Or as Microsoft tech sites and Dell asks..."We're sorry you're having these issues. We haven't exerienced them as of yet. Are you sure your PC is plugged in the correct receptacle?"

I have three computers at home, two computers at work. From the original retroactively named 1507 to the one month old 21H1 there have been 12 versions of Windows 10. I always do clean installs, no exceptions. 5 computers x 12 versions = 60 installations. Add in that I got two new computers in the middle of releases, I've used old computers as test PCs for various things, plus VMs, that's probably 75 installations for myself.

I performed clean installs on 103 Windows 7 computers at work. The first 5 I did on mechanical drives and later replaced them with SSDs. The first 20 or so Windows 10 PCs I ordered had HDDs, I've been slowly doing ripping them out when users go on vacation and replace them with SSDs and do a clean install. I do a clean install of Windows every time a computer gets reissued and we do have a lot of turn over where I work. It's no stretch to say I installed Windows 10 at least 200 times at work alone. Now add in friends, family and co-workers, that has to be at least another 25 - 50 installations.

Using a bootable USB 3 flash drive to install Windows on a SATA SSD with a halfway decent CPU takes less than 10 minutes, 5 minutes or less on NVMe drives. I refuse to troubleshoot most Windows problems these days, my message to my users is let me give you a clean install or learn to live with what ever problem you're having.

I'm the same way with post installation configuration. It's all muscle memory. For my own computers I have .reg files to add or tweak registry keys, so all that gets done in a matter of seconds. Spend 2 minutes in secpol and gpedit to make the changes I desire. Disable everything in Settings -> Privacy, remove pinned to taskbar icons, go into Taskbar settings to turn off most system tray icons, disable the combining of taskbar buttons. Go into Control Panel, add two alternate clocks, disable all power savings settings, disable Fast Startup. Install Open Shell, load my XML file with all my customizations, remove of the metro apps I can. Then its off to the races installing software and configuring it. It's usually takes me an hour to go from a blank drive to almost 100% complete. The almost comes into play because of Adobe CC. Even with NVMe drives and gigabit internet it takes an hour to download and install the whole suite.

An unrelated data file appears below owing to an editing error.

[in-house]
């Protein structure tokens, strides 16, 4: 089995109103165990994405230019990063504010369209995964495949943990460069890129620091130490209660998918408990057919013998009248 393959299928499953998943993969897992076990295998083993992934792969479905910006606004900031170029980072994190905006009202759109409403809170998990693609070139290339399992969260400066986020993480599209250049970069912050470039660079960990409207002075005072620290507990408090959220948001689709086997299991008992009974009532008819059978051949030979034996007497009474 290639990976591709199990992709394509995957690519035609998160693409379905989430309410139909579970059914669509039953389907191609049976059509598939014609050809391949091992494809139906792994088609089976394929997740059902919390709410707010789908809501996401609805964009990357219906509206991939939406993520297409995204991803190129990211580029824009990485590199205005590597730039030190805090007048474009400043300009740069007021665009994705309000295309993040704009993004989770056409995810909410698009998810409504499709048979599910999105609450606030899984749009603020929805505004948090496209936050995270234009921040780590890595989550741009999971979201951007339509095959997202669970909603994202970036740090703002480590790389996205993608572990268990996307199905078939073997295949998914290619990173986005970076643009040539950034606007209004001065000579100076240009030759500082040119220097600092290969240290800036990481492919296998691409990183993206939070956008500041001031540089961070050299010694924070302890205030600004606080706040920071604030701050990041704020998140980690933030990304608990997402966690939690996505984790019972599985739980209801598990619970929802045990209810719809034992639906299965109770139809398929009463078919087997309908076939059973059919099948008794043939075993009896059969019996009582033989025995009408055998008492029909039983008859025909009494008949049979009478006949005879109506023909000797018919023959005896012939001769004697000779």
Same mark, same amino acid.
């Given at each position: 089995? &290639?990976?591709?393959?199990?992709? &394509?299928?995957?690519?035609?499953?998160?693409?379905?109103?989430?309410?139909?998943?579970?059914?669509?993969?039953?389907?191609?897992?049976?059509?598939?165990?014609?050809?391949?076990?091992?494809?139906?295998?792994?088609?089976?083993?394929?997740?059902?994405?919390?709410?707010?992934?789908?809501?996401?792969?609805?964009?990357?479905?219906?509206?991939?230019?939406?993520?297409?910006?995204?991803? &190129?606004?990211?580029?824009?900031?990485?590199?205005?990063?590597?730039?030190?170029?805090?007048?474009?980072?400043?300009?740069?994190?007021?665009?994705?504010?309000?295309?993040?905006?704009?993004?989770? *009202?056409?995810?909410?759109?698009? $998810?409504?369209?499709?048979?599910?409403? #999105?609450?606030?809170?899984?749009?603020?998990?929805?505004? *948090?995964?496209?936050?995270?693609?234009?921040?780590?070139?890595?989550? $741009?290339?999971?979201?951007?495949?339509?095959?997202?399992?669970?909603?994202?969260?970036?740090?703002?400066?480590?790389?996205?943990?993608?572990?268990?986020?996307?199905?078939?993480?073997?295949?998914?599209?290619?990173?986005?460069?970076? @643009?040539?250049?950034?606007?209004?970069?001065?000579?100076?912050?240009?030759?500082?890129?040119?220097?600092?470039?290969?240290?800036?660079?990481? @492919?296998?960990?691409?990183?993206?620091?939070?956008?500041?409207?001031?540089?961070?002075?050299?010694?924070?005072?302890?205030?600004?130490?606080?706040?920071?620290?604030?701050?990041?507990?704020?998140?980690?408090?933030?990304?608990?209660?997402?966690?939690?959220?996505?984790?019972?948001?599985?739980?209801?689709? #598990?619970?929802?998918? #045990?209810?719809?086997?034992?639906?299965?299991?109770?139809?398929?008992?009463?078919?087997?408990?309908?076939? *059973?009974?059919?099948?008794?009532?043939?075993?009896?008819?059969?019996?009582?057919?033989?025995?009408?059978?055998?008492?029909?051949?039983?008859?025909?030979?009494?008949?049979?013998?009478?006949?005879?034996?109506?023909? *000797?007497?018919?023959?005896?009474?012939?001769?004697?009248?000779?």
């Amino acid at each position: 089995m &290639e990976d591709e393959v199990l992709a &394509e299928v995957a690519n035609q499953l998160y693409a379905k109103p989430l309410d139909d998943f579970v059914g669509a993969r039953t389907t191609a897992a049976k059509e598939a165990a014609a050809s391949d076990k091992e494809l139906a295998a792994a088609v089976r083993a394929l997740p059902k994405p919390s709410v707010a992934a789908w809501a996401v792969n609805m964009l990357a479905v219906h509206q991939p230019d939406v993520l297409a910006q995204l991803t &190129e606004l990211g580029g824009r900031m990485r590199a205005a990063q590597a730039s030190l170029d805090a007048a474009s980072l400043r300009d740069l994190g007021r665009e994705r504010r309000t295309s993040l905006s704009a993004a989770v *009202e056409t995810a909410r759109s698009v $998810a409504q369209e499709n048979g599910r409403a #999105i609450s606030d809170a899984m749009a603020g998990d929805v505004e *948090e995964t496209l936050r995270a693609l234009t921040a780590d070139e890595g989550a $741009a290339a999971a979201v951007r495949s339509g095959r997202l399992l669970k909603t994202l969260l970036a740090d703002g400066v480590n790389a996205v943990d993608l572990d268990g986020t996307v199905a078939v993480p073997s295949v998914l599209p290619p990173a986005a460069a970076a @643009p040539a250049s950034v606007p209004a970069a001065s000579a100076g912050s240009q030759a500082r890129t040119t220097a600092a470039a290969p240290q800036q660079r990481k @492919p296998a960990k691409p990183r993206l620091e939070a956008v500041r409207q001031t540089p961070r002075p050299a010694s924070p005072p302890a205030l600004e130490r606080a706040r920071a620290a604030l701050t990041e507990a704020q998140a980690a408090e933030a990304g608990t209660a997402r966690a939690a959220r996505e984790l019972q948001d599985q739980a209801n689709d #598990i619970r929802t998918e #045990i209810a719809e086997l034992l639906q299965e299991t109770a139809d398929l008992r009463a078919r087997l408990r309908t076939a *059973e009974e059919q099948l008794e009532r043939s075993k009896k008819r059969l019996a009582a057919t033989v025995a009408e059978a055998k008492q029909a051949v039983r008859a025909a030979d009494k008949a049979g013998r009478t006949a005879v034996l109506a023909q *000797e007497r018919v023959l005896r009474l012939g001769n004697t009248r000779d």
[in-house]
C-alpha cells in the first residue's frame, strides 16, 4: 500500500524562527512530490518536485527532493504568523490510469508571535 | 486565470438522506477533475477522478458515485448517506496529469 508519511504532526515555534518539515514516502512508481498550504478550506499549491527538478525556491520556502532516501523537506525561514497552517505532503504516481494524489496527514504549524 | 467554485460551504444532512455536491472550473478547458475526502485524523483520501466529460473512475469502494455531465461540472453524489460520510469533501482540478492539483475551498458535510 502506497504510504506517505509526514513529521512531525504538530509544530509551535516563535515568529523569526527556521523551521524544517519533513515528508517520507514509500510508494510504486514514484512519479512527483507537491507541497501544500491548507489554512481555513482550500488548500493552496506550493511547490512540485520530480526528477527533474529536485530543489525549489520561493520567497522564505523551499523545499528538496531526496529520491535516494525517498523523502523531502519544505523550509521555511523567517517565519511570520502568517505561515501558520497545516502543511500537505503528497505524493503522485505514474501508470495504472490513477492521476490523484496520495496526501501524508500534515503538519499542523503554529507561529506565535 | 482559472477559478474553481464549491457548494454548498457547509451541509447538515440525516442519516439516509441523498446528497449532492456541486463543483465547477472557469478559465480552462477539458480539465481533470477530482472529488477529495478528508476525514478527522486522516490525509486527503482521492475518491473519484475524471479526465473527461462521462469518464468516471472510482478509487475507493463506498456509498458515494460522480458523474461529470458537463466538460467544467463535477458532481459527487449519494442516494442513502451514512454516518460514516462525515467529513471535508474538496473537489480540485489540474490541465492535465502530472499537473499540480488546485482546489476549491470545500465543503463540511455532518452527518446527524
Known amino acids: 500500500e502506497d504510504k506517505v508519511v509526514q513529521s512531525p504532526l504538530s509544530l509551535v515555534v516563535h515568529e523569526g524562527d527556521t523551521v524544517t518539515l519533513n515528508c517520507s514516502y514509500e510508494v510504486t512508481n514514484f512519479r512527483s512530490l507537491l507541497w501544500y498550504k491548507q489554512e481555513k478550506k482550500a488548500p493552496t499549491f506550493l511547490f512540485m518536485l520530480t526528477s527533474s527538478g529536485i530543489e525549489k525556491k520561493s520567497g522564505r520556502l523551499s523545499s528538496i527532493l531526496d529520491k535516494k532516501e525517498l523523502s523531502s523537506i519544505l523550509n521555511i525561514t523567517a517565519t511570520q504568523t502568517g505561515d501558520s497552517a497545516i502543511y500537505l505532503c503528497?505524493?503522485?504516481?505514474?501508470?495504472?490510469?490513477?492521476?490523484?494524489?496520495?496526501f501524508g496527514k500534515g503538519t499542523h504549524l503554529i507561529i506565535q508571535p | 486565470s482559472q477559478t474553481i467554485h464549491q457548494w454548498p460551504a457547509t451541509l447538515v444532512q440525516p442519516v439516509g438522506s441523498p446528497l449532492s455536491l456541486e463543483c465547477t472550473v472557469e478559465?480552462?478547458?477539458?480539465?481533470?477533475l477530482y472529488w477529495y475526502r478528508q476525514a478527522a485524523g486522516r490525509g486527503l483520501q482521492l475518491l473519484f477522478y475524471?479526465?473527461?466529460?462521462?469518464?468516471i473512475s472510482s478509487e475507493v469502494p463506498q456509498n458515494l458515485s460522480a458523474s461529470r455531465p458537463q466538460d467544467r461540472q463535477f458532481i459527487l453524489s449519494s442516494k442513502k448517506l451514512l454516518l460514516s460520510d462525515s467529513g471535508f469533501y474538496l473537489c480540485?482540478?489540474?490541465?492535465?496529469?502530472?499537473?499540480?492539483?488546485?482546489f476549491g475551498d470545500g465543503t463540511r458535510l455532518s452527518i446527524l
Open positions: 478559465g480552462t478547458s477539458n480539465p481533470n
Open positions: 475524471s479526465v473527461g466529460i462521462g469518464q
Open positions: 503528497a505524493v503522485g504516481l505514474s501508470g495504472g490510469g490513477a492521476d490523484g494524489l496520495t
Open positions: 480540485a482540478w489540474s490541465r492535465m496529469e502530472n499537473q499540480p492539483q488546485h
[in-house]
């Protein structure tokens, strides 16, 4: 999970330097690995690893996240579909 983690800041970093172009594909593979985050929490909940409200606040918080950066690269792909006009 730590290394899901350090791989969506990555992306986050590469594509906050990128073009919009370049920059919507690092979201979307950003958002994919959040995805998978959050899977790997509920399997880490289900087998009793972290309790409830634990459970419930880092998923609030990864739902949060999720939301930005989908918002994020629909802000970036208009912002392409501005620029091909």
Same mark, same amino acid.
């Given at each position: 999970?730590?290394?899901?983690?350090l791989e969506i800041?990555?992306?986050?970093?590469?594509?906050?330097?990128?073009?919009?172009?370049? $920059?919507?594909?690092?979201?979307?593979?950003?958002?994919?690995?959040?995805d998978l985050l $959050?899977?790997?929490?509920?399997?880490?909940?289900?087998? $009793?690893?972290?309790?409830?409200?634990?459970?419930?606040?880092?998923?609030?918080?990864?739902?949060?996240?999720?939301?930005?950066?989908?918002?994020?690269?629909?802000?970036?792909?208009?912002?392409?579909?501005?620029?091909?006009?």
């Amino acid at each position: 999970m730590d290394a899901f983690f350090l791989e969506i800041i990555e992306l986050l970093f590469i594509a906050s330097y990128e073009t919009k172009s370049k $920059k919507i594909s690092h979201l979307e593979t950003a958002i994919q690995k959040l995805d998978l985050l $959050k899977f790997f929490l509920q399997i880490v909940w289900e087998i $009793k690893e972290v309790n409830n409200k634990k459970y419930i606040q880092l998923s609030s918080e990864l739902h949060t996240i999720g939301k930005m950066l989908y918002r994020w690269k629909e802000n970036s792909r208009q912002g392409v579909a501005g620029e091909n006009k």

I used to bookmark a ton of useful links as well with various instructions for customizations with procedures I can't remember but now I print them to PDF now. There have been times threads have been removed, sites go dark, links go dead.
 
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HipKat

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Yep, when the first beta of Win 10 came out I joined the "Insiders" program and found The Classic Shell desktop, which is still around but now is called The Open Shell Desktop. Went through all the beta testing of 10 and when it went RTM I already had two desktop systems running it and now have 4 desktops and 2 laptops with it and I STILL use that Open Shell Desktop with all of them.

That and I do some computer repair for the local "old people" with Win 10 who all also run The Open Shell desktop!! Most of all those were upgrades from Windows 7.

But personally..........I run Linux Mint Mate and have now for a long time and each one of my desktop systems are MULTIBOOT with various versions of Windowz and Linux Mint Mate, which is now version 20.1.

The only Windows 10 computer here in the house that gets used every day is the Dell laptop that my Daring Wife uses primarily for her website work for the "Fundraiser Alley" online business she runs.

Ennywho, I'll soon be 76 years old and I have some serious reservations as to whether I'll get involved with Win 11?? Just don't know if I'm up to it at my age.

Just saying..................
I'm fine with Win 10 as it is and I'll migrate to 11 just like I have since 3.1` was a shell program for DOS but like you, I dual boot but with Manjaro. I've used so many Distros and Manjaro, for me, is just it.
 

Foxbat

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This is exactly what is wrong with the internet, speculation and baseless rumors. I refuse to read anything by these wanna be tech journalists that are attempting to scoop each other.
I was told this by one of our Desktop Support team who I trust not to talk nonsense, and so I went looking for an example. I wouldn't call Paul Thurrott a hack, and his Fresh Install of Windows 11 Professional is documented here:

This is what I saw and am sharing from the link:
PaulThurrottWin10.png
 
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EarDemon

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Unless the source is an official Microsoft statement, I'm not believing anything. Remember what Abraham Lincoln once said, not everything you read on the internet is true.